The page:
Soap bubbles floated into a dazzling sky above the Fort Point Channel on Saturday, as children’s shouts and music from an all-female mariachi band filled the air, and a stilt-walker in a dress of iridescent fish scales with gossamer wings greeted visitors.
It was a scene that would have delighted any child, and a tribute to an 8-year-old who couldn’t be among the hundreds climbing, swinging, or filling sticky mouths with cotton candy.
The children, parents, grandparents, politicians, and neighbors had come to celebrate the opening of Martin’s Park at the Smith Family Waterfront, a memorial to Martin Richard, killed on another gorgeous day in the 2013 Boston Marathon bombings.
“It’s a very peaceful place,” Martin’s older brother, Henry Richard, 17, told reporters at the park, adjacent to the Boston Children’s Museum. “I just really like that it promotes the message of inclusion and peace, and it’s a very beautiful place.”
Henry Richard performed Saturday with his rock band, FooL, and with assistance from his sister, Jane, who sang Coldplay’s “Yellow” with backup from the band.
“It’s an honor for us to perform here on such a meaningful day. . . . We’re just [grateful] for everyone being so welcoming to us and having us here on this special day,” he said.
Katy Kelly, 51, of Dorchester said her family worships at St. Ann’s Parish, where the Richards are also congregants, and has known the family for many years.
Kelly, who attended the opening with her husband, their son and daughter, and friends from the neighborhood, reflected on Martin’s short life as she looked around at the park built in his name.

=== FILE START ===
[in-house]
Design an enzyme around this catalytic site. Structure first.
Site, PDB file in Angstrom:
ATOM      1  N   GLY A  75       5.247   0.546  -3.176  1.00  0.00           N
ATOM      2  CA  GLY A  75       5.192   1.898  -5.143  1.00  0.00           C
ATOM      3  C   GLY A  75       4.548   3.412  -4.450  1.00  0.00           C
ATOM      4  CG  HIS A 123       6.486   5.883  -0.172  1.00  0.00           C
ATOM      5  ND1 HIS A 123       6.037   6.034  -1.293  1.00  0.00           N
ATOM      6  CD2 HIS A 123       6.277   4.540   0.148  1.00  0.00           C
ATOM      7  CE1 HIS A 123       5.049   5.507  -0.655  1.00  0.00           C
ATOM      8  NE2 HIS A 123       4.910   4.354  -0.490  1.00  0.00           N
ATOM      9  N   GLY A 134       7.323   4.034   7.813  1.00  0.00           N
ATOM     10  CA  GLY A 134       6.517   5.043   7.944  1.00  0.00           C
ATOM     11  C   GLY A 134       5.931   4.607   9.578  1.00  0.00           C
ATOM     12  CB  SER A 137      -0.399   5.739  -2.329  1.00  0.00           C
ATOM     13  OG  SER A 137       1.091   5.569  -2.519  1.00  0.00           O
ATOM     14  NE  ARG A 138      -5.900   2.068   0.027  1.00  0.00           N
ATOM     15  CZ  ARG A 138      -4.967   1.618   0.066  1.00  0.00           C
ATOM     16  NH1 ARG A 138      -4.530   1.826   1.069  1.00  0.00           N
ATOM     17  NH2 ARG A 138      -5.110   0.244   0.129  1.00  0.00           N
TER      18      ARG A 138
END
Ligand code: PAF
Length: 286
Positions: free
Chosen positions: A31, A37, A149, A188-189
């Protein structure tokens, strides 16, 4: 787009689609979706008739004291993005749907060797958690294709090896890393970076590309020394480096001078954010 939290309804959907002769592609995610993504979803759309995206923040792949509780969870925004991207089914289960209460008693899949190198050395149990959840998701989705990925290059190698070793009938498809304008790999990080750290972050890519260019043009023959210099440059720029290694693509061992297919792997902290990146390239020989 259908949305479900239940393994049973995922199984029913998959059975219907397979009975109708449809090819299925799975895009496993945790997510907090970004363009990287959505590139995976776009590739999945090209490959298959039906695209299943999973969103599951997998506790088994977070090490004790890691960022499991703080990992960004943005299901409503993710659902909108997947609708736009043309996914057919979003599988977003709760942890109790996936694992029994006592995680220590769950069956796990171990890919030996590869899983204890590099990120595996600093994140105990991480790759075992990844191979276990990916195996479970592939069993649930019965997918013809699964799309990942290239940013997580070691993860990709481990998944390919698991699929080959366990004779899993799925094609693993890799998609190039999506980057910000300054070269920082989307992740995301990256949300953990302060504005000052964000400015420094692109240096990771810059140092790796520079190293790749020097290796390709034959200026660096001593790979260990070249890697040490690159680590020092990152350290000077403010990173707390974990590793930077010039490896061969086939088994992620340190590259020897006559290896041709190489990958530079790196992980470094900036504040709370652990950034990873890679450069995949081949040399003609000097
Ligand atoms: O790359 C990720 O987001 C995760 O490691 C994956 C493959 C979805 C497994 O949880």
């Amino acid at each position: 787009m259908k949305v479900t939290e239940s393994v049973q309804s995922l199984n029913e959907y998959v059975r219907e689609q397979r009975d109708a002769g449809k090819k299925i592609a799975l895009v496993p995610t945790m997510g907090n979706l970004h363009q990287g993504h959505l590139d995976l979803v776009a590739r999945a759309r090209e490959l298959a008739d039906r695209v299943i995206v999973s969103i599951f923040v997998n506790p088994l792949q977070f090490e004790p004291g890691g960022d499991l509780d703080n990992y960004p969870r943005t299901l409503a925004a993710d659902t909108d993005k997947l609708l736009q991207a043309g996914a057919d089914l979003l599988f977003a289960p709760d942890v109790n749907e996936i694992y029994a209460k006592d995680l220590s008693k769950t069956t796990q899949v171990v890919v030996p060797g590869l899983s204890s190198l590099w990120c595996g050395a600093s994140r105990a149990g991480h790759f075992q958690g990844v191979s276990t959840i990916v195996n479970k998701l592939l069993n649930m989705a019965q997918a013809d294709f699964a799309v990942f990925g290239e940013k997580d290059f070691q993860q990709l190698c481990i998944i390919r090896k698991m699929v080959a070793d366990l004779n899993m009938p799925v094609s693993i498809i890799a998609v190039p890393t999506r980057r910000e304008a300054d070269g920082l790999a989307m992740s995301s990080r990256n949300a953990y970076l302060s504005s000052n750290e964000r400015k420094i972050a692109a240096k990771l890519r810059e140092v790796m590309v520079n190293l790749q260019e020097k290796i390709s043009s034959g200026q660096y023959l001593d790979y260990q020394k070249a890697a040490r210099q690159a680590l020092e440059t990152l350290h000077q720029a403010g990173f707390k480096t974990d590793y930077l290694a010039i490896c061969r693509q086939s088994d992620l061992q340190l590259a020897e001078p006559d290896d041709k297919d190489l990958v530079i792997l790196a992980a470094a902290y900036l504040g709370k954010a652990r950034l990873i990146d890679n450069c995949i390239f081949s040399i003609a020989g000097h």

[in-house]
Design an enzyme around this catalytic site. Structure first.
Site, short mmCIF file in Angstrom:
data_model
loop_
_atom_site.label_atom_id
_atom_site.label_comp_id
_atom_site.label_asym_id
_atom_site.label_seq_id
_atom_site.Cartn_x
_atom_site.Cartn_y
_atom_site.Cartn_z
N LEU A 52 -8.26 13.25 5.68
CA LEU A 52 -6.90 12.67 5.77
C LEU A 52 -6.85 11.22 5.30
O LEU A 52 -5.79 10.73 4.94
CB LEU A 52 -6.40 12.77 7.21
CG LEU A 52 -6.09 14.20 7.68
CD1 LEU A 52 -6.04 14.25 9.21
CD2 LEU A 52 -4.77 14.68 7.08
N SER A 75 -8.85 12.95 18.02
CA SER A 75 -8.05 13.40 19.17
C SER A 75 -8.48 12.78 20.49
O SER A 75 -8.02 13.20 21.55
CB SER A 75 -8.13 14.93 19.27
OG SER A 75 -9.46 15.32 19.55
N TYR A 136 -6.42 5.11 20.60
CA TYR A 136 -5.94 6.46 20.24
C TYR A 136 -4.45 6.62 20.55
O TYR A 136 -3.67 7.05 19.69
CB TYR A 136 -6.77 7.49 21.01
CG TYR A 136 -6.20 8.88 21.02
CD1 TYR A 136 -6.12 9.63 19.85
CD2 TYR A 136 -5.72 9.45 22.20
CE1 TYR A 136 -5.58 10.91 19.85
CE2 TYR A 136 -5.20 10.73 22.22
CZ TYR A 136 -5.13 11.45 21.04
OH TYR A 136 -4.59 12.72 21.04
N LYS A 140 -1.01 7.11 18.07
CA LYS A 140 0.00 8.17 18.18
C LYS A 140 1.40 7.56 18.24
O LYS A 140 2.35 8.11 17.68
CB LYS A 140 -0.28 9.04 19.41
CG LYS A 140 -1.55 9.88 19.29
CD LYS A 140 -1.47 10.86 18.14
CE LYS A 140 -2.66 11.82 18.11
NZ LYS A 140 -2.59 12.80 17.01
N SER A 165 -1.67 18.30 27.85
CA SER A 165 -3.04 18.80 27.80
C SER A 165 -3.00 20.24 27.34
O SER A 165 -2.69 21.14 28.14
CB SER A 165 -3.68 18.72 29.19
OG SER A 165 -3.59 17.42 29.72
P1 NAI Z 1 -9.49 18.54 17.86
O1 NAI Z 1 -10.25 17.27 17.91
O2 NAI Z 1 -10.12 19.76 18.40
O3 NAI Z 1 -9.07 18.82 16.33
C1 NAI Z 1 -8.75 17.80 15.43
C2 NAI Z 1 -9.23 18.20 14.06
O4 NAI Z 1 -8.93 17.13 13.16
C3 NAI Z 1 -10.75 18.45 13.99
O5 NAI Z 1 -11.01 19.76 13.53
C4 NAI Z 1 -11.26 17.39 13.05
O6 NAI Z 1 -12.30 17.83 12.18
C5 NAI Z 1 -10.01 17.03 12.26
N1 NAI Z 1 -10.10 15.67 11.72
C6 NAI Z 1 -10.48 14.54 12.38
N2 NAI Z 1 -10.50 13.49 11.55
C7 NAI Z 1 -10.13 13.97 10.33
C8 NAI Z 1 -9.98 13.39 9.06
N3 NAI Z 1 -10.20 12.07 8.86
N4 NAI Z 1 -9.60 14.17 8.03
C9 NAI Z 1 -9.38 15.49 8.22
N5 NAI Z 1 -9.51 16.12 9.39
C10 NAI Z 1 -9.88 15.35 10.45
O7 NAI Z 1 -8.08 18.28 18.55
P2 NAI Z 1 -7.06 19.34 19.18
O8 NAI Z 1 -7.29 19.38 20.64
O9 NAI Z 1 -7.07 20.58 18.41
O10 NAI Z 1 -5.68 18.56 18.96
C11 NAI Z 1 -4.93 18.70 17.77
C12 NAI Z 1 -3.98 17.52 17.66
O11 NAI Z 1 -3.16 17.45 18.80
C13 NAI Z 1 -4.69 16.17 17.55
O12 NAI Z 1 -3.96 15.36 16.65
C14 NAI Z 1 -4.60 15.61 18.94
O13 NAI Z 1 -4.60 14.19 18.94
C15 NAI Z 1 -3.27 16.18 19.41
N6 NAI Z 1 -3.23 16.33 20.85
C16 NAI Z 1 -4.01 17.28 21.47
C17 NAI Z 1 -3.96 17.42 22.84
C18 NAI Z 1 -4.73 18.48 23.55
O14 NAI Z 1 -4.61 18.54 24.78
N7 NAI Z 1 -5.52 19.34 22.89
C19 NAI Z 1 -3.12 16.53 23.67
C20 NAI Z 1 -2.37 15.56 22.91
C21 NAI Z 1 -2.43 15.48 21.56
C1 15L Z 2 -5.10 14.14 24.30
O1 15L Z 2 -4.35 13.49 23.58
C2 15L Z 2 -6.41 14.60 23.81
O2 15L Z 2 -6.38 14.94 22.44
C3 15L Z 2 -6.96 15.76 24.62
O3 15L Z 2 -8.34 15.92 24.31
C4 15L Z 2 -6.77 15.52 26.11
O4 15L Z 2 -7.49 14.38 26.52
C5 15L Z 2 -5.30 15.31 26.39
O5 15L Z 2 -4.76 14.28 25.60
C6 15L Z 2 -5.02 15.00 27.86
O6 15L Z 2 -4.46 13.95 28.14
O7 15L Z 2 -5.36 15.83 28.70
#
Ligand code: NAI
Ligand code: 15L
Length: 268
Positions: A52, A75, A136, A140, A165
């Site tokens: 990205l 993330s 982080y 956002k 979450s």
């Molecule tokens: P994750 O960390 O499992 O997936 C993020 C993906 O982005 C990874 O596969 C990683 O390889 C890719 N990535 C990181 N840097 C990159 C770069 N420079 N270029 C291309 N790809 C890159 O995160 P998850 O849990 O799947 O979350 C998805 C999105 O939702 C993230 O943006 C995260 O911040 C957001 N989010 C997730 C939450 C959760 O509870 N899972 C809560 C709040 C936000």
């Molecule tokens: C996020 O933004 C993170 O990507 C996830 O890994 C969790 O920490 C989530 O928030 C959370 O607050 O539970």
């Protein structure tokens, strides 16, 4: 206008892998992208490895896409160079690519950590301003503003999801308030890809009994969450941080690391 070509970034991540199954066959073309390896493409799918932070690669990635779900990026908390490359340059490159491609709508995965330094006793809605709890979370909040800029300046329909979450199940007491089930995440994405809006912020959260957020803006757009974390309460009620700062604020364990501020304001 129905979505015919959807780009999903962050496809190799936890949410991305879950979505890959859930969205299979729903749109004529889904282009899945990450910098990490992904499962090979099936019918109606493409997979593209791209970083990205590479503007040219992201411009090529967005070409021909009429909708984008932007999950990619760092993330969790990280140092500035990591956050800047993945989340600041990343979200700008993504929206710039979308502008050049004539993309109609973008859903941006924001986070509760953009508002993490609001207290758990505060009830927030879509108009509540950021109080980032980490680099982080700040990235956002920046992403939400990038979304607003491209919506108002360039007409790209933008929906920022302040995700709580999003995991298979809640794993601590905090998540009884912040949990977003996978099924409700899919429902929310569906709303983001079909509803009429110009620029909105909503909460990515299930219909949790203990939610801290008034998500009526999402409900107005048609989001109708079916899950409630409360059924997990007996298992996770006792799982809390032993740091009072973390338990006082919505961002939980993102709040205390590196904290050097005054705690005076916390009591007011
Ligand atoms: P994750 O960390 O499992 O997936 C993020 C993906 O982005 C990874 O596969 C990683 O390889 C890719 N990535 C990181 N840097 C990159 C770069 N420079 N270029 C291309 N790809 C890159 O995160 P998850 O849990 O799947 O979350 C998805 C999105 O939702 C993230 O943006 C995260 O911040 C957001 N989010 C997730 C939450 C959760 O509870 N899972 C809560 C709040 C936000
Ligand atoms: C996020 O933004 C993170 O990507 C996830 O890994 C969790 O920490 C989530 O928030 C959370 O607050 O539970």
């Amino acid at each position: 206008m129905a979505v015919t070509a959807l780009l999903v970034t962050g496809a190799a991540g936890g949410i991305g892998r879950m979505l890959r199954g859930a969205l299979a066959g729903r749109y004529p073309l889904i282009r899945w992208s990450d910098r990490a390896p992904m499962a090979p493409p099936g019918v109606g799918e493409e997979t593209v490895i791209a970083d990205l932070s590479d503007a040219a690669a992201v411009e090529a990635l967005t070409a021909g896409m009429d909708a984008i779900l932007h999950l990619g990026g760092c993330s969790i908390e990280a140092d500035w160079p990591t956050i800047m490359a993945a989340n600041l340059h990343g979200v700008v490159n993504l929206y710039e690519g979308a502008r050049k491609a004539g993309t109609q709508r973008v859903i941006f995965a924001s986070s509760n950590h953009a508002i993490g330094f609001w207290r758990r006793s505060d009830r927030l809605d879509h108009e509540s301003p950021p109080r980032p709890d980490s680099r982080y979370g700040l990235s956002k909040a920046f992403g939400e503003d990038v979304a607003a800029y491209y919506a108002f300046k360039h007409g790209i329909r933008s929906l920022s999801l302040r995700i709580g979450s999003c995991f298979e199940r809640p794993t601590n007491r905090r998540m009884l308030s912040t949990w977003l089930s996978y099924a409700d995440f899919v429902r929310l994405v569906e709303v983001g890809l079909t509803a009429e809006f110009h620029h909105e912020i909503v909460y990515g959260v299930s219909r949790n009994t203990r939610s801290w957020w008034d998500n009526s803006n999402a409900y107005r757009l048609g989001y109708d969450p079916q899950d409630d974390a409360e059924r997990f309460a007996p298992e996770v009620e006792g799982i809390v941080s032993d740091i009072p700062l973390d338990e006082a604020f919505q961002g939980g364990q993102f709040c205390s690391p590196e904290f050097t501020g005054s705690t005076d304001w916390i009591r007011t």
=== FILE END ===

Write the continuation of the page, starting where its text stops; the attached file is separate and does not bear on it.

“It was just such a tragedy, and obviously my family and our community was absolutely heartbroken for the Richard family when it happened,” she said.
“I just think this park is just an amazing tribute to Martin and everything he stood for,” Kelly added later. “The Richard family themselves [are] so deserving, and they’re such a wonderful family. It’s such a beautiful place to come with your children and let them play and enjoy everything.”
Brockton resident Valerie Dottin, 62, brought two grandchildren to the park.
“We saw it on the news this morning that they were having this grand opening; I said, ‘We’re going to do Boston,’ ” Dottin said. “And what greater place to start than this? . . . It’s absolutely beautiful.”
Dottin has been trying to explain the Marathon bombings to her 9-year-old granddaughter, Londyn Allen, and has struggled to describe the tragedy in a way the child can understand.
“I’m going to try to handle it without letting her have nightmares about it,” she said. “It’s hard.”
On Saturday, Londyn was mostly focused on riding a large swing shared with her cousin, Lorenzo Allen, 7, and several other children.
She admitted it was “a little bit” difficult to stay on the crowded disc but nonetheless said, “It’s fun.” Lorenzo agreed that his favorite part of the play area was “that swingy thing.”
“It’s a great memorial,” their grandmother said of the park. “Something positive out of something negative.”
Vivian Li, who headed the Boston Harbor Association until 2015 and has long worked to improve the city’s waterfront spaces, predicted that the park would have a transformative effect on the South Boston Seaport.
“When we had talked about having a park at this site decades ago, we never could have envisioned something that was as inclusive, and innovative, and full of such joy as this park,” she said. “It is now a destination park. If we didn’t think there were enough people coming to the Seaport, this is going to bring so many more people.”
Landscape architect Michael Van Valkenburgh designed the park with help from the Richard family.
The layout includes multiple play areas, with several spots for climbing and sliding, and a life-sized wooden replica of a pirate ship.
Around a fence Saturday were banners with messages that included “Thank you Boston” and “Choose kindness.”
Between those, another banner conveyed an idea written with the simplicity and sincerity of a child who would never grow up to see this park or those who would stop to consider his words.
“No more hurting people,” the banner read. “Peace.”